One of the biggest applications today for UV LEDs is materials curing (inks, coatings, polymers, and more), which have traditionally used mercury-vapor lamps (see the wavelength comparison in Figure 1). Two factors that have had the biggest influence in the adoption of UV-A LEDs are flux density, which is needed for UV curing in production applications, and higher overall efficiency.
Figure 1: Wavelength comparison: UV LED lamps and mercury lamps.
“Flux density and efficiency are two key areas of improvement for UV LED technology that have helped drive adoption,” said Kurosh Hashemi, director of UV LED marketing at Philips Lumileds. He noted that over the past five years efficiency has more than doubled twice, and even in the last year the ceiling of efficiency has risen from 30 percent to 50 percent.
“Typical efficiency ratings are wide, ranging from 10 percent to 50 percent, and are very wavelength dependent,” explained Hashemi. For example, 385 nm UV LEDs are much less efficient than 405 nm UV LEDs even though they are close in wavelength. “It has to do with the materials of the LED. Down to 380 nm you can use the same recipe as blue LEDs – indium gallium nitride (InGaN) – however, the material falls apart around 380 nm so there is a quick decline in performance. This has been a challenge for many companies.”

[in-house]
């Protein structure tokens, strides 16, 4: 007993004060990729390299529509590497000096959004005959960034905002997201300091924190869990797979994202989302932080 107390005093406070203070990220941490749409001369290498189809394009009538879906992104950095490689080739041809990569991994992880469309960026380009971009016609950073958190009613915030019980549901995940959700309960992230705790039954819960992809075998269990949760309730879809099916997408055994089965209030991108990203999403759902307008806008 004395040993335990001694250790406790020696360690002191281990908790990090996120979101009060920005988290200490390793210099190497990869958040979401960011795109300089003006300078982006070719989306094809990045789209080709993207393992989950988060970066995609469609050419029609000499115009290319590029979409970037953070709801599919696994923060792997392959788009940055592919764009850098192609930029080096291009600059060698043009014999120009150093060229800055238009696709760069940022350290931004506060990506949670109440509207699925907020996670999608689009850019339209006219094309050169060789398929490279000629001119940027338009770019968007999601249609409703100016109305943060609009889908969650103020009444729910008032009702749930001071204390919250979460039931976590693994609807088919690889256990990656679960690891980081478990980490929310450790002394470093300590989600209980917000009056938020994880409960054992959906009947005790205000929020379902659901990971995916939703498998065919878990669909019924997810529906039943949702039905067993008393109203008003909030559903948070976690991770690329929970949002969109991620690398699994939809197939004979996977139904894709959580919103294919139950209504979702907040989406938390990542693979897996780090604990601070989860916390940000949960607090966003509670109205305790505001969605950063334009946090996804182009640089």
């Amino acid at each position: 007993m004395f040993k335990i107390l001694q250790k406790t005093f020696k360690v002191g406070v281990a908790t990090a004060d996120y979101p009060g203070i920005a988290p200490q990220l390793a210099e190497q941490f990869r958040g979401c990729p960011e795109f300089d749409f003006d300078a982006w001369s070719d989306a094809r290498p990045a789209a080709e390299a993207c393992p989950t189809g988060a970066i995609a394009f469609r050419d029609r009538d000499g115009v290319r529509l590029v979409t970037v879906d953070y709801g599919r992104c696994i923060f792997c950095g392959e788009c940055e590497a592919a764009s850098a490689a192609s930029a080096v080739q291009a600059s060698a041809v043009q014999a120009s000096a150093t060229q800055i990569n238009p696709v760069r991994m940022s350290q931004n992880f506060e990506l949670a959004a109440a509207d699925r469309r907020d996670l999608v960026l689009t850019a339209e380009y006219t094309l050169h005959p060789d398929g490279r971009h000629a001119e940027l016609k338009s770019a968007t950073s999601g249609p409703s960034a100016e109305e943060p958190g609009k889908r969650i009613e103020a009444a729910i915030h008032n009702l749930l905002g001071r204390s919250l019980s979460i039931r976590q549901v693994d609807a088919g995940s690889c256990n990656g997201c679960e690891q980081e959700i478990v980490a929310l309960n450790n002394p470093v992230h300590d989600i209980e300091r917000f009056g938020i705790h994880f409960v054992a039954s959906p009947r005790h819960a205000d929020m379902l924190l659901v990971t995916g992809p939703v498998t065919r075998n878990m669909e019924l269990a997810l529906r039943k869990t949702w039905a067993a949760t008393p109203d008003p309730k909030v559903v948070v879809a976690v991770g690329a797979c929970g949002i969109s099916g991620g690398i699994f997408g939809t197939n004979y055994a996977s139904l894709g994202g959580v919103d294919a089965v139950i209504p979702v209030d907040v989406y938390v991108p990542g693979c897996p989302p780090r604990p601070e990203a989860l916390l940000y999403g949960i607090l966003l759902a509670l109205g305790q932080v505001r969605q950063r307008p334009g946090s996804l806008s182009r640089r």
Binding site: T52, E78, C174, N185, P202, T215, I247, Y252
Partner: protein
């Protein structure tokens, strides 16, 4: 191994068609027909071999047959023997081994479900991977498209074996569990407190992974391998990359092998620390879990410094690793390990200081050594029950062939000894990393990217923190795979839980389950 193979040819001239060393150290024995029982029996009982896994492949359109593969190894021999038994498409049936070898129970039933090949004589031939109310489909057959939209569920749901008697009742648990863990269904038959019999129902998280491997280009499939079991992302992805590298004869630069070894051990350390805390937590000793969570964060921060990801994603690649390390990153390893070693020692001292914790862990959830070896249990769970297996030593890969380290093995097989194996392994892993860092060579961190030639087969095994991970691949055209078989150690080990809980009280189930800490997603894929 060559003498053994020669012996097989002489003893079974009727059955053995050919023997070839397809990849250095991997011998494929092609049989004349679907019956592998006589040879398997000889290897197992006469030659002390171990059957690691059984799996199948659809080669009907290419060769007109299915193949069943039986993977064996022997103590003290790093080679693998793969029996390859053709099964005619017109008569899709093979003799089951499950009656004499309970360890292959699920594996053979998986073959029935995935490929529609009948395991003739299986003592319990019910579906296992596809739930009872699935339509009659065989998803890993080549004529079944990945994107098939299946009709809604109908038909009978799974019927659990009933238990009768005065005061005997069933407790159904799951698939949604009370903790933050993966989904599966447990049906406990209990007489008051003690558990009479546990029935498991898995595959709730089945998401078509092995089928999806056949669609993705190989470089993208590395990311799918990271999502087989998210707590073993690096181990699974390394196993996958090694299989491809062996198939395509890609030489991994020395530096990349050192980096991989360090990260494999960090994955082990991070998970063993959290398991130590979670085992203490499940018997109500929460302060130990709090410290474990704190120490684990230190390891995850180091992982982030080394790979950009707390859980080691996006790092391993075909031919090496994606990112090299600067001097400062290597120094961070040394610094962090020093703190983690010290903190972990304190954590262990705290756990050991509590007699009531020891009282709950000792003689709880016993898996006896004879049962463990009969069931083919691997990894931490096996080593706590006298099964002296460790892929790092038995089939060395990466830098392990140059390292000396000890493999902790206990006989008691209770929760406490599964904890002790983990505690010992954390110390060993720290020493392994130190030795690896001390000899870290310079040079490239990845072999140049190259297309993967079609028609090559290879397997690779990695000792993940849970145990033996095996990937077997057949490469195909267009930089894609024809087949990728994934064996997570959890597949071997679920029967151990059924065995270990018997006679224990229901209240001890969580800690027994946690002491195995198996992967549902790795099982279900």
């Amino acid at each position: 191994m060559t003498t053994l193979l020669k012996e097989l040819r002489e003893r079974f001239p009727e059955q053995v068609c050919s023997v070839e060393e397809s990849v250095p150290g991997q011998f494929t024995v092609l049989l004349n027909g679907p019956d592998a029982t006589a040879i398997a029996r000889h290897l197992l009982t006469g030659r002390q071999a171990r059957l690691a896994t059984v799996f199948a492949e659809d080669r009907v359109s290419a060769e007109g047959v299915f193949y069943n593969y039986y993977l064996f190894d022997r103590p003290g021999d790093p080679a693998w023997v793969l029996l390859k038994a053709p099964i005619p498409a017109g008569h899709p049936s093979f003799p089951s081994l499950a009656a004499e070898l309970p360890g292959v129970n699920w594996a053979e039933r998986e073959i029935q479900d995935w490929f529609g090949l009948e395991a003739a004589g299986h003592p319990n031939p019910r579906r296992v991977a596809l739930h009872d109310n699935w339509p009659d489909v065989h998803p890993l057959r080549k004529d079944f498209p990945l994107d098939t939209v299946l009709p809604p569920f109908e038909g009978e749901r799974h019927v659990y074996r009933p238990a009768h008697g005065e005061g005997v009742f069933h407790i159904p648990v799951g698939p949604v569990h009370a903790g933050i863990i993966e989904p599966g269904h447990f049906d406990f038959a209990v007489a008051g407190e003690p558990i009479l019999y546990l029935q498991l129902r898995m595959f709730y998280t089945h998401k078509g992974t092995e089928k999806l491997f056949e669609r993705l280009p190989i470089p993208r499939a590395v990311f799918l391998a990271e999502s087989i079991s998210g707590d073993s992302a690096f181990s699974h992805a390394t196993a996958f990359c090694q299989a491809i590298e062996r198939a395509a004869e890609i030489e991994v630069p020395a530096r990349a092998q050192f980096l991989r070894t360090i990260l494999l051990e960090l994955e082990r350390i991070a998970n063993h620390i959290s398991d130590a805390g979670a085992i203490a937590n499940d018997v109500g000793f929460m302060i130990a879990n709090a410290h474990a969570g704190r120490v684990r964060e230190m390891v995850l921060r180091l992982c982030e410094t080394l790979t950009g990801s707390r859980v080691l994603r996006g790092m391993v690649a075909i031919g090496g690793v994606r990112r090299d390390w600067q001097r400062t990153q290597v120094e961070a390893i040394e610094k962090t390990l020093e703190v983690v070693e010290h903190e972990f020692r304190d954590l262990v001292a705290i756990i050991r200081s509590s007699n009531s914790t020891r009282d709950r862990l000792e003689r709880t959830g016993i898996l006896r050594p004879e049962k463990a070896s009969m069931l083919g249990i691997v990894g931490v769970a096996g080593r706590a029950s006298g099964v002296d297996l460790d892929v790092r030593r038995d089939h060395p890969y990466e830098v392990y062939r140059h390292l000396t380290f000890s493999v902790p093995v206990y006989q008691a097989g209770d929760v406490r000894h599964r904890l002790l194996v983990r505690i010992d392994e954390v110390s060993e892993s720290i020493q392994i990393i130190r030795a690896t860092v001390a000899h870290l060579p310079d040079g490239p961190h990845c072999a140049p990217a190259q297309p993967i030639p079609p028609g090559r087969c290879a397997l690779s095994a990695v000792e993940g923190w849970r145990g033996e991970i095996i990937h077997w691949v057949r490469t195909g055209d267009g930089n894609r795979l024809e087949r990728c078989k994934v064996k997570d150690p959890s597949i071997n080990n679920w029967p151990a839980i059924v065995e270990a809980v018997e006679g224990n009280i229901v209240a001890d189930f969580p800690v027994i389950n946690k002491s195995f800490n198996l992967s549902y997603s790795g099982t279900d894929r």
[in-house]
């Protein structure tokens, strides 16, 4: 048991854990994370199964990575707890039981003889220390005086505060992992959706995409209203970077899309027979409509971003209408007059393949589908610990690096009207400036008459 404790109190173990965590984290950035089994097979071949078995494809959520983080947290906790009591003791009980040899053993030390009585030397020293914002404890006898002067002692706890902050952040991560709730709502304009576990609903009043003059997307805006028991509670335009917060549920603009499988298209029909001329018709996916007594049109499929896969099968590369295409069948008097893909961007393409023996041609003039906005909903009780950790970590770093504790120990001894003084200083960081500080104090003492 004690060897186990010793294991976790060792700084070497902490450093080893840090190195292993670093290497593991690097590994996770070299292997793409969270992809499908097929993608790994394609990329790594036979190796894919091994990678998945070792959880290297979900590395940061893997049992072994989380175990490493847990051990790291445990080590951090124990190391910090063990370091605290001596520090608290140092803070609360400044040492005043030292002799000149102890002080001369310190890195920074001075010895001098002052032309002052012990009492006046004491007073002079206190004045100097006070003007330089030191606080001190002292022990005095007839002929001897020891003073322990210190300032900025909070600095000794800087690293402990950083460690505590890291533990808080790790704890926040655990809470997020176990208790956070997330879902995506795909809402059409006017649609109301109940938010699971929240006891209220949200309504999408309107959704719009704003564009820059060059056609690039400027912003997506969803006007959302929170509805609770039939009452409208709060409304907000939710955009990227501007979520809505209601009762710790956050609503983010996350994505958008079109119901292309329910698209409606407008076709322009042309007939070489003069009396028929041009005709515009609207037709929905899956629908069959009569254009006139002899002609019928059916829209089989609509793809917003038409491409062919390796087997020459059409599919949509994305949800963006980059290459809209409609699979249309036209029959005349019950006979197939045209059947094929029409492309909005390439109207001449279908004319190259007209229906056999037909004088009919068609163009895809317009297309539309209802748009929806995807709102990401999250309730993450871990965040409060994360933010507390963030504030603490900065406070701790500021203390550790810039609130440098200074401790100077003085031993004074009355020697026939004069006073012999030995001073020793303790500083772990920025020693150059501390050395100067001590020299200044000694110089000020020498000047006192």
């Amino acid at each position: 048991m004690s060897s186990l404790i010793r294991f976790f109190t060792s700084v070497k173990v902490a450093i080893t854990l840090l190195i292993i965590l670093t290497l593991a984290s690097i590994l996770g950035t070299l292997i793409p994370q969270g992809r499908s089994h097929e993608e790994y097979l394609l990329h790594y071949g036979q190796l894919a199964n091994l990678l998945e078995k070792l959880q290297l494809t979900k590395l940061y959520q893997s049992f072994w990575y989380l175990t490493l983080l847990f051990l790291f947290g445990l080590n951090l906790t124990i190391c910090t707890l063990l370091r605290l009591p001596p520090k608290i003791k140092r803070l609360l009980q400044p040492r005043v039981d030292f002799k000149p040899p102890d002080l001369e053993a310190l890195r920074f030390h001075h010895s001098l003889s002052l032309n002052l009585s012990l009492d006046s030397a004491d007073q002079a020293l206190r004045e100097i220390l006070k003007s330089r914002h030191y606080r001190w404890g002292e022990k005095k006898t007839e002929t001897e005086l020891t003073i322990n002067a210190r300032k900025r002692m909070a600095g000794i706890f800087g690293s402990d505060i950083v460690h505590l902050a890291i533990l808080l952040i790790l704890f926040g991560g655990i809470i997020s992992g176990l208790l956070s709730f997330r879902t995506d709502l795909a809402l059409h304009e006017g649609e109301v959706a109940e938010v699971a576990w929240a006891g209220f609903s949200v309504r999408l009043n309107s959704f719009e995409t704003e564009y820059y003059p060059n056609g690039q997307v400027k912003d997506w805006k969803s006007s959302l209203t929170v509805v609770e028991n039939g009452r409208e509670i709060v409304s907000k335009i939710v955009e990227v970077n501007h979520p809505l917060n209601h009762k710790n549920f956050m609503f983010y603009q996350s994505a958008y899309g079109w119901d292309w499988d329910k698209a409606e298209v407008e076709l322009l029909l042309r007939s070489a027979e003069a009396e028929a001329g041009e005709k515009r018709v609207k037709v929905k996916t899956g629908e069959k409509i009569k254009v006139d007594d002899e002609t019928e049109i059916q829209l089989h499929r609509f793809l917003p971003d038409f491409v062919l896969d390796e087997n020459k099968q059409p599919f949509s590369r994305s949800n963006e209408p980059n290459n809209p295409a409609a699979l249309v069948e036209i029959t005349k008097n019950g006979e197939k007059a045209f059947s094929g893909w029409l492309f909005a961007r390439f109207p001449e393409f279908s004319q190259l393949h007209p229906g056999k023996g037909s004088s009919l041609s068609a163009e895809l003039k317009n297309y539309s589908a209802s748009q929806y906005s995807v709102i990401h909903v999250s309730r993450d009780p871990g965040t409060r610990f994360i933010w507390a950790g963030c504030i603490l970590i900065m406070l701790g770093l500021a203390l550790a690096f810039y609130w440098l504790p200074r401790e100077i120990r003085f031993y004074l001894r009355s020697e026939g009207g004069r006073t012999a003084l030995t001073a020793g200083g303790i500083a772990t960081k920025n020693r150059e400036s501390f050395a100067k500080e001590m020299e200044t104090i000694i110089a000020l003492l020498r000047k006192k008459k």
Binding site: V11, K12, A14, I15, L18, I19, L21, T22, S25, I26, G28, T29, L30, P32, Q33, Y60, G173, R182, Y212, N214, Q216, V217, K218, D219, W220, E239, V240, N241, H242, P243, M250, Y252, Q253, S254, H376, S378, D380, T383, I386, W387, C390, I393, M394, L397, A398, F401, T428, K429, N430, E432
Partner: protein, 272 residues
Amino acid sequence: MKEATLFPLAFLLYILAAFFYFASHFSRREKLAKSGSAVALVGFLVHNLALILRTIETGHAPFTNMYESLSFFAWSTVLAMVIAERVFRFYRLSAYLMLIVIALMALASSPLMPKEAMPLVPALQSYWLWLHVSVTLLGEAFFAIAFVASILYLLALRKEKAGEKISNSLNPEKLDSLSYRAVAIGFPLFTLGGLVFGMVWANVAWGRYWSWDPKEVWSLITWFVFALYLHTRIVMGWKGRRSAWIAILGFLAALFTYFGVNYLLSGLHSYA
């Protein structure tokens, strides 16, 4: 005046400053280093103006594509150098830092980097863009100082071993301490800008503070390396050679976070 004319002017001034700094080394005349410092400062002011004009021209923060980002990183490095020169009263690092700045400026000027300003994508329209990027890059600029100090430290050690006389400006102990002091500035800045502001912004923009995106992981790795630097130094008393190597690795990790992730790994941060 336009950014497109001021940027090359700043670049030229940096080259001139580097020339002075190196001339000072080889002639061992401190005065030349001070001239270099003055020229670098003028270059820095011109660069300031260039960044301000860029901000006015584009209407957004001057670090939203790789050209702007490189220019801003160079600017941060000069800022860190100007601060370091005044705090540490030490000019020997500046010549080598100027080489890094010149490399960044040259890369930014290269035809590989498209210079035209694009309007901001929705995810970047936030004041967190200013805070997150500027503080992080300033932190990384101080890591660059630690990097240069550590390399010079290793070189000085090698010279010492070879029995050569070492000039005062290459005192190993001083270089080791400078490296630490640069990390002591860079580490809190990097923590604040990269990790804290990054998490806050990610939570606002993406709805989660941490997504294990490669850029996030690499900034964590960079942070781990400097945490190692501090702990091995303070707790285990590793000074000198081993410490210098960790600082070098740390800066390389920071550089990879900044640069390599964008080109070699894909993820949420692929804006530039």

“Nevertheless, the improvements in UV LEDs, while several years behind blue LED technology, has accelerated adoption in many applications,” noted Hashemi.
One example is Philips Lumileds’ LUXEON UV LEDs, which Hashemi said “changes the density equation because it is the first packaged LED that dramatically increases that flux density. The packaged LEDs are five times smaller than any other packaged LED on the market and you can pack them very closely together, which pushes up the density of the UV light, and that enables some really powerful curing.”
Curing needs high-power LEDs that can be arranged in a tight array so the more that can be packed closer together, the higher the density in a smaller footprint. The LUXEON UV LEDs cover the ultraviolet (380-400 nm) and violet (400-430 nm) light range. These packaged LEDs are said to offer the smallest footprint (2.2 mm²), about one-fifth the size of competing UV and violet LEDs available in the market. This means the devices can be tightly packed to enable the design of high-power-density (W/cm²) UV systems. Hashemi said they can be assembled in tight arrays with spacing of 200 microns to enable the highest-power-density systems (Figure 2).